By Gilbert D. Martinez
I grew up in South Texas following the Houston Astros, mostly on the radio with my dad. I remember J.R. Richard and Nolan Ryan pitching for the Astros but was too young to understand the complexities of their teams’ playoff runs.
I died with the ’86 Astros team and still dislike the New York Mets organization because of that memorable and heart-wrenching NLCS (with apologies to Jim Baker). When I lived in New Jersey for seven years, I had a hard time living around Mets fans, who loved the ’86 season.
The Golden Age of the Astros really started when Biggio and Bagwell started to carry the team in the late ’90s. When Roy Oswalt came along in 2001, the strong run of Astros teams continued.
Of course, 2004 and 2005 are among the greatest Astros seasons ever.
And during all of this time as an Astros fan, I was becoming spoiled. I didn’t know it at the time, but I know it now.
Spoiled how? I was spoiled because I expected the Astros players to be homegrown, to win a World Series and to play their entire careers with the Astros. Sure, I embraced Randy Johnson when he came via trade, but when he left after the Astros playoff run in ’98 ended, so did my acceptance of him.
But Biggio and Bagwell were still around, and would always be there. And when their candidacies for the Hall of Fame are debated, the virtue of playing for the same team their entire careers – a la Cal Ripken Jr., Tony Gwynn, Ryne Sandberg and Kirby Puckett in recent years – will be highly touted.
I thought Oswalt and Berkman would stay. They were homegrown; they played in a World Series; so of course I expected them to play their entire careers in Houston.
In past years, Oswalt’s name would come up before the July 31st trade deadline, but I never took it seriously. Just like I didn’t believe that the Astros wouldn’t re-sign Biggio for the 2007 season so that he could reach 3,000 hits.
Even when Oswalt publicly announced that he wanted out of Houston, I still didn’t believe that Drayton McLane would actually agree to trade him.
As for Berkman – a Texas native who had made it clear that he belongs in Texas – I didn’t think he would be traded. After all, he said he didn’t want to leave. He did say he’d listen to offers, but listening to offers is very different from agreeing to waive a no-trade clause.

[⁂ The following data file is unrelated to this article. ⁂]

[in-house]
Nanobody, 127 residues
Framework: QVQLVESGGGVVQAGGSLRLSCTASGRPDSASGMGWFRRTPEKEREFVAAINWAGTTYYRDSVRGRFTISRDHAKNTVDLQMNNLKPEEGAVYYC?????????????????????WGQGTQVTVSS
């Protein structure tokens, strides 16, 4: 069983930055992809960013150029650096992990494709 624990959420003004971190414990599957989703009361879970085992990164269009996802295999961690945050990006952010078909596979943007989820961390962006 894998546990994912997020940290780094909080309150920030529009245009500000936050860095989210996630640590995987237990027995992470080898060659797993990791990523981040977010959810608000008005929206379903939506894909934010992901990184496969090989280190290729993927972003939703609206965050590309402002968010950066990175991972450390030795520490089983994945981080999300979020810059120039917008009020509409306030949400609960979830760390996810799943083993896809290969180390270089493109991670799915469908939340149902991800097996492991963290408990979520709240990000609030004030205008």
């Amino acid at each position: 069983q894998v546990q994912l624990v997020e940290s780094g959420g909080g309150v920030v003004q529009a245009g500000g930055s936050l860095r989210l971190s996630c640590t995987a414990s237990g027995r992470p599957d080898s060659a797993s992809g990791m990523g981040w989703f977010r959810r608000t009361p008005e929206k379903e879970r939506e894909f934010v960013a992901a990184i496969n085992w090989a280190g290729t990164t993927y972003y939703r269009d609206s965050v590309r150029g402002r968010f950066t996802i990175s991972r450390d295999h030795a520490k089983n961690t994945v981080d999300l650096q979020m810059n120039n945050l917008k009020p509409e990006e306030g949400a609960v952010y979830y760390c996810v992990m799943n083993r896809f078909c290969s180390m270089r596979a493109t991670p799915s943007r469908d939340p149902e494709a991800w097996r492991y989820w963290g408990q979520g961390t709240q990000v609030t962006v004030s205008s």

And McLane would never trade away the two faces of the franchise – both of whom played in the only World Series the Astros have been in, and one of whom was the last Astros player still on the roster (Berkman) to suit up in the Astrodome.
Boy, was I wrong. I was wrong because I had been spoiled. I expected Oswalt and Berkman to play their entire careers with the Astros. I didn’t expect them to be traded away within 48 hours.
Because I’ve been spoiled, I found out how much it hurt to hear that Oswalt wanted to leave Houston – mostly because the team has been mediocre, the team had not been competitive, the team had no future because of a depleted farm system and the team couldn’t score any runs for his starts. I guess I can’t blame him, but breaking up is harder for the guy who’s not leaving.
Amid all this pain, I look to see who’s left with the Astros and find that it’s a more exciting bunch than I realized. I expect J.A. Happ to be solid, and I’m hopeful that Brett Wallace is the hitting machine he’s made out to be.
But this injection of youth has also energized other young players on our team – Chris Johnson is tearing it up, Jason Castro is coming around, and Angel Sanchez had a career game against the Cardinals in Busch Stadium, no less.
Who knows what the future holds for this Astros team? I don’t, but I know this: watching the Astros in the week since the trade deadline was a lot of fun. Solid pitching, clutch hitting, great defense – all are essential elements for good baseball.
And now, I feel like there’s hope on the horizon – those dire predictions about the Astros should be set aside. All of a sudden, the future isn’t looking so bad.
I may have been spoiled, and I may wince when I see Berkman in Yankee pinstripes or Oswalt in red Phillies shoes, but I’ve realized that it’s the Astros as a team that I love most.